Column Definition

The column definition defines the name of a column and its data-type.

Syntax

column-name data-type
    [ column-constraint ]*
    [ [ WITH ] DEFAULT { constant-expression | NULL } 
      | [ GENERATED { ALWAYS | BY DEFAULT } AS IDENTITY
          [ ( START WITH integer-constant [, INCREMENT BY integer-constant ] ) ] ] ]
    [ column-constraint ]*

The set of supported data-types are detailed in Data Types. Identity columns must be of type BIGINT or INTEGER.

Identity Columns

SQLFire supports both GENERATED ALWAYS and GENERATED BY DEFAULT identity columns only for BIGINT and INTEGER data types. The START WITH and INCREMENT BY clauses are supported only for GENERATED BY DEFAULT identity columns. Creating an identity column does not create an index on the column.

For a GENERATED ALWAYS identity column, SQLFire increments the default value on every insertion, and stores the incremented value in the column. You cannot insert a value directly into a GENERATED ALWAYS identity column, and you cannot update a value in a GENERATED ALWAYS identity column. Instead, you must either specify the DEFAULT keyword when inserting data into the table or you must leave the identity column out of the insertion column list.

Consider a table with the following column definition:

create table greetings (i int generated always as identity, ch char(50));

You can insert rows into the table using either the DEFAULT keyword, or by omitting the identity column from the INSERT statement:

insert into greetings values (DEFAULT, 'hello');
insert into greetings(ch) values ('hi');

The values that SQLFire automatically generates for a GENERATED ALWAYS identity column are unique.

For a GENERATED BY DEFAULT identity column, SQLFire increments and uses a default value for an INSERT only when no explicit value is given. To use the generated default value, either specify the DEFAULT keyword when inserting into the identity column, or leave the identity column out of the INSERT column list.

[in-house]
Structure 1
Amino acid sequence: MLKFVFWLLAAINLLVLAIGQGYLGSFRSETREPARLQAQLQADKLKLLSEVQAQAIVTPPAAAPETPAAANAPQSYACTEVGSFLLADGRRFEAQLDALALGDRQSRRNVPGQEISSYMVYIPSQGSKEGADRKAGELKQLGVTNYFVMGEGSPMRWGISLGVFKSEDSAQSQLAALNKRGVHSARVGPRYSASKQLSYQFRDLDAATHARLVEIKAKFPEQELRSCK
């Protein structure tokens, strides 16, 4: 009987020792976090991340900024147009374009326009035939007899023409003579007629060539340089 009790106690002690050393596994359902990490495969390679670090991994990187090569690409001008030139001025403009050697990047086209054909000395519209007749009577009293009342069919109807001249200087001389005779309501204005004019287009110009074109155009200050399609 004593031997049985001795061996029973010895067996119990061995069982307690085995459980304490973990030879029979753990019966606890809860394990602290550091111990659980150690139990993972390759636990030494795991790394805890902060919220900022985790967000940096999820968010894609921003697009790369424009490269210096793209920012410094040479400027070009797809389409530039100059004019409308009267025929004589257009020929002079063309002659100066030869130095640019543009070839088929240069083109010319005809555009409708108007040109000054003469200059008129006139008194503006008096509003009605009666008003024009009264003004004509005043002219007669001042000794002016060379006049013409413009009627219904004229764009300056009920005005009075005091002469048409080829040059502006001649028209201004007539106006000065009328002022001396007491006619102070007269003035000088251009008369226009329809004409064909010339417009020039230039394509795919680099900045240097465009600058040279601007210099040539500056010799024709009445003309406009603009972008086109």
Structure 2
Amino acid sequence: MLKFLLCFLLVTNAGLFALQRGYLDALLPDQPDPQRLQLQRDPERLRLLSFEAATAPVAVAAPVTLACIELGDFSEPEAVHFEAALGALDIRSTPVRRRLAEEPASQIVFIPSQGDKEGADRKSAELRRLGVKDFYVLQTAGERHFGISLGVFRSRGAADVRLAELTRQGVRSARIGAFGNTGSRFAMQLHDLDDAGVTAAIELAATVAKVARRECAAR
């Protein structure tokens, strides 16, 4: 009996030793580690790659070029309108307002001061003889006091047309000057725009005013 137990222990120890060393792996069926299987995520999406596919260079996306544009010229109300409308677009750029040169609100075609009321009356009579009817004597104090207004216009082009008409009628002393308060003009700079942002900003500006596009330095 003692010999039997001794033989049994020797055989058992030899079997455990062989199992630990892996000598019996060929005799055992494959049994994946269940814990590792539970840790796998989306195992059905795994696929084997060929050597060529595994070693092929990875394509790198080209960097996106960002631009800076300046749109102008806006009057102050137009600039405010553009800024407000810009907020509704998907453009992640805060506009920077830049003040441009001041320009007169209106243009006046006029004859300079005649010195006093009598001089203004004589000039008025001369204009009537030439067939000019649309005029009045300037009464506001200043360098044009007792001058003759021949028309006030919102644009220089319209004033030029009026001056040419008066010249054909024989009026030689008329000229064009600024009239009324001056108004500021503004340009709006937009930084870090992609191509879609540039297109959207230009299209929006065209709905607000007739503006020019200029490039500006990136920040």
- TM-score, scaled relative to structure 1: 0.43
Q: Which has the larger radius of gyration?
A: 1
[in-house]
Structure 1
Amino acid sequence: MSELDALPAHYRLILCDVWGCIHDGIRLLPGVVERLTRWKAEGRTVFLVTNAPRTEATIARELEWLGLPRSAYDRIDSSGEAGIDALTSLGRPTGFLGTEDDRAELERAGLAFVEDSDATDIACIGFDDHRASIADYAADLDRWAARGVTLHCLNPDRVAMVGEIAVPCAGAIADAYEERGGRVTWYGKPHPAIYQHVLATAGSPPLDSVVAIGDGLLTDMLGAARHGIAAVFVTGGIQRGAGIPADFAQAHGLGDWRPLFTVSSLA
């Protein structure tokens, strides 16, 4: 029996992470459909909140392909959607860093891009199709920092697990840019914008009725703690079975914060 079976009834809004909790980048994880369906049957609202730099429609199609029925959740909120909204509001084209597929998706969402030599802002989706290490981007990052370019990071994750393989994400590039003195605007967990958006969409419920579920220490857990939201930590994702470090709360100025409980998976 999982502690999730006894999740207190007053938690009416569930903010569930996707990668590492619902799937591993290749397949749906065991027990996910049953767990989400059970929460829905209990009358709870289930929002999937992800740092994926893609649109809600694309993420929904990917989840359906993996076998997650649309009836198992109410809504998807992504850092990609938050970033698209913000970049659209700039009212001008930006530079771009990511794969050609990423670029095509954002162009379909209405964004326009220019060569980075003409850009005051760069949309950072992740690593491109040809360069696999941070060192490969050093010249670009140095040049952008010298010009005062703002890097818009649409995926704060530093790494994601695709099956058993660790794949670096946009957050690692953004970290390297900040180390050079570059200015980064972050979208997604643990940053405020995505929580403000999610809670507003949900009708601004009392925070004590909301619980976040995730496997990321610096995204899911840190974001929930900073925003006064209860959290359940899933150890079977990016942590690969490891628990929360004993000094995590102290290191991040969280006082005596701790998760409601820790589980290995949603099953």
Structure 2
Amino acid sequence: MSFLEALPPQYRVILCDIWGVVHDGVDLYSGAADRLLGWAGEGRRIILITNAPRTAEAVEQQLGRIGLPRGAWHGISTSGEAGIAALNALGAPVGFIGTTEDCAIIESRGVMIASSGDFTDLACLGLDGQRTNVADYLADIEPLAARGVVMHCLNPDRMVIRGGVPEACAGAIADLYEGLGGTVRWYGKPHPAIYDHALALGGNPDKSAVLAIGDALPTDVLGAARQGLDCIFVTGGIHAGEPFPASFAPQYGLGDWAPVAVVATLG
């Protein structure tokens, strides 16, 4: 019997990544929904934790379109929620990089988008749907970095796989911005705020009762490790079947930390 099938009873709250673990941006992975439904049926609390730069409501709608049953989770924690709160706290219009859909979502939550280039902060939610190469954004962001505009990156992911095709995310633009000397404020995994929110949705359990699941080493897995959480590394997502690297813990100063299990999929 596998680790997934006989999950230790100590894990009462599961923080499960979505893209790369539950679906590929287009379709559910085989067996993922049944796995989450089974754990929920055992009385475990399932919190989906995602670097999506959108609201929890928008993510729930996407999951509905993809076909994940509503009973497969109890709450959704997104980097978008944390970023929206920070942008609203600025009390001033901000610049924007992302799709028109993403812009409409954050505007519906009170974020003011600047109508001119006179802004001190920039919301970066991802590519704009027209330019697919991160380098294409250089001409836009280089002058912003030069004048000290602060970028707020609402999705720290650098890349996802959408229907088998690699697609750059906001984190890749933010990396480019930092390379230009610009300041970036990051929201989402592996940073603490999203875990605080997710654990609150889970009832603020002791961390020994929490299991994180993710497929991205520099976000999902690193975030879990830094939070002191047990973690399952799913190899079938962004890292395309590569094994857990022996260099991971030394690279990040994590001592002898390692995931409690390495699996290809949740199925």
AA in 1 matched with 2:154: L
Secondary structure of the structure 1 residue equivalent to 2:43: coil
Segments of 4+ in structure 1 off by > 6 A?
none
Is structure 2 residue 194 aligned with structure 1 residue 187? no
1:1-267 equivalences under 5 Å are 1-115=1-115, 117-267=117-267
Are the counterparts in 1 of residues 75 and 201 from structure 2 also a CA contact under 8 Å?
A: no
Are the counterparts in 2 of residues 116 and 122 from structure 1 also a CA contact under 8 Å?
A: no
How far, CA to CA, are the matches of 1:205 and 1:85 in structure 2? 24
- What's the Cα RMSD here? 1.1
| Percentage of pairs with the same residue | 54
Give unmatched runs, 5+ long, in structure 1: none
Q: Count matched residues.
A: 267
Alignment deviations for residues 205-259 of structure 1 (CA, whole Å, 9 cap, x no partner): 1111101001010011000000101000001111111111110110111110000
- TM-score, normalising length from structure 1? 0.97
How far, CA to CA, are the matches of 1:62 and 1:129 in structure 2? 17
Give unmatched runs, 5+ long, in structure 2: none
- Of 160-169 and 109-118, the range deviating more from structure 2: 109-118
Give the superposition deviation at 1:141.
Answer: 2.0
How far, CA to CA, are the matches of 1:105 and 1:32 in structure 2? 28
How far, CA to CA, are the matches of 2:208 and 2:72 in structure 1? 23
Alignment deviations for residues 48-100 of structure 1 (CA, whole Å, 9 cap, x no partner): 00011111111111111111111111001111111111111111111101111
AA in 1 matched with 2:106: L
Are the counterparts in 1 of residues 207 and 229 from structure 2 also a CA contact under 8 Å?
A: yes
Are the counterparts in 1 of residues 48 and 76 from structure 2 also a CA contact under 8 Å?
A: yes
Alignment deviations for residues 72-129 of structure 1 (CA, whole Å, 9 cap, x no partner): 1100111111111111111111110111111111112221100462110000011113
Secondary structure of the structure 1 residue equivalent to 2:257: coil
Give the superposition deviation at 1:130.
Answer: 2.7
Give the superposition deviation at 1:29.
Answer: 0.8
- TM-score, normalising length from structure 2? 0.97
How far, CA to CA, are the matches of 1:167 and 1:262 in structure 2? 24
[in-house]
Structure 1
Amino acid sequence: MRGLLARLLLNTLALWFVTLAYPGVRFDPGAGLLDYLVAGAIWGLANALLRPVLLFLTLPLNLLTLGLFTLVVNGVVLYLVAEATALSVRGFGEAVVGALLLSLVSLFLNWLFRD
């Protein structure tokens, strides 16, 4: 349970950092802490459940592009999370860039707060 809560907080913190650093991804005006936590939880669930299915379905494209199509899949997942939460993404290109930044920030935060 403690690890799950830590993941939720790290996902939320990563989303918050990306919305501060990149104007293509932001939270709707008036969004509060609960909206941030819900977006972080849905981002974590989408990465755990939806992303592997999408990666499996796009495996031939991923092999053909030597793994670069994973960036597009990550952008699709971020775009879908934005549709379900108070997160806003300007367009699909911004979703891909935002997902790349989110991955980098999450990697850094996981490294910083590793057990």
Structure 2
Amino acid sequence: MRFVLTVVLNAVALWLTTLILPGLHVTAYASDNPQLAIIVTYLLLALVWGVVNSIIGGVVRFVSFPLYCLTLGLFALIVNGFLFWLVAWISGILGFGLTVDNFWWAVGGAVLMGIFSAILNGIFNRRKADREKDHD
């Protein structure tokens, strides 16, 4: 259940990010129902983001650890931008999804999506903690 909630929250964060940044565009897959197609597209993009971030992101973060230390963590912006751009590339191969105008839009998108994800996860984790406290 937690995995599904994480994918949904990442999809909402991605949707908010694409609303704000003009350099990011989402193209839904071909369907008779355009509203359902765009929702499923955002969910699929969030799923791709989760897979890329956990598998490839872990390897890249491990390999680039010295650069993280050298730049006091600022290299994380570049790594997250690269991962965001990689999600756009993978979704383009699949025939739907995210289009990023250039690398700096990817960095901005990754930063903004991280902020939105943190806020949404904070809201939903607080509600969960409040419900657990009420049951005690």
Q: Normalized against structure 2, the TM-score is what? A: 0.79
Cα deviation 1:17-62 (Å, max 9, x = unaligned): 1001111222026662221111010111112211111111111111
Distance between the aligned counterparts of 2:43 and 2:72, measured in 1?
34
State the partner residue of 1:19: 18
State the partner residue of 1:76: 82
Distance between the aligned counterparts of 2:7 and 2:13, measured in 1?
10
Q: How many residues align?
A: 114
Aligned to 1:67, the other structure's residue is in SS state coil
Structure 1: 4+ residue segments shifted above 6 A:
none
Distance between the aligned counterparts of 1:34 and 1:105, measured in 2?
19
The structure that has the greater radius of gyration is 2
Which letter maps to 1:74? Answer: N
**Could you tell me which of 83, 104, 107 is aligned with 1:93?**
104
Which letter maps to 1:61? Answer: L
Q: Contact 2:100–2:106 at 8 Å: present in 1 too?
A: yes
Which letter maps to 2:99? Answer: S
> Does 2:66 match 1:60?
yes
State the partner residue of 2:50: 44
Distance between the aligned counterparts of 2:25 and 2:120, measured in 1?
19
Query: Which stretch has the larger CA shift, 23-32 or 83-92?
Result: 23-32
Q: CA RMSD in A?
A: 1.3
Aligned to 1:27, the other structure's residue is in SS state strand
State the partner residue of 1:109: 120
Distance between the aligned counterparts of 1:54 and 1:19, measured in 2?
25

In contrast to GENERATED ALWAYS identity columns, with a GENERATED BY DEFAULT column you can specify an identity value to use instead of the generated default value. To specify a value, include it in the INSERT statement.

For example, consider a table created using the statement:
create table greetings (i int generated by default as identity, ch char(50)); 
The following statement specifies the value "1" for the identity column:
insert into greetings values (1, 'hi'); 
These statements both use generated default values:
insert into greetings values (DEFAULT, 'hello');
insert into greetings(ch) values ('bye');

Although the automatically-generated values in a GENERATED BY DEFAULT identity column are unique, a GENERATED BY DEFAULT column does not guarantee unique identity values for all rows in the table. For example, in the above statements the rows containing "hi" and "hello" both have an identity value of "1." This occurs because the generated column starts at "1" and the user-specified value was also "1."

To avoid duplicating identity values (for example, during an import operation), you can use the START WITH clause to specify the first identity value that SQLFire should assign and increment. Or, you can use a primary key or a unique constraint on the GENERATED BY DEFAULT identity column to check for and disallow duplicates.

By default, the initial value of a GENERATED BY DEFAULT identity column is 1, and the value is incremented by 1 for each INSERT. Use the optional START WITH clause to specify a new initial value. Use the optional INCREMENT BY clause to change the increment value used during each INSERT.

See also Auto-Generated Columns for information about limitations with identity columns.

CONSTRAINT Clause

A CONSTRAINT clause is an optional part of a CREATE TABLE or ALTER TABLE statement that defines a rule to which table data must conform.

There are two types of constraint:
  • Column-level constraints refer to a single column in the table and do not specify a column name (except check constraints). They refer to the column that they follow.
  • Table-level constraints refer to one or more columns in the table. Table-level constraints specify the names of the columns to which they apply. Table-level CHECK constraints can refer to 0 or more columns in the table.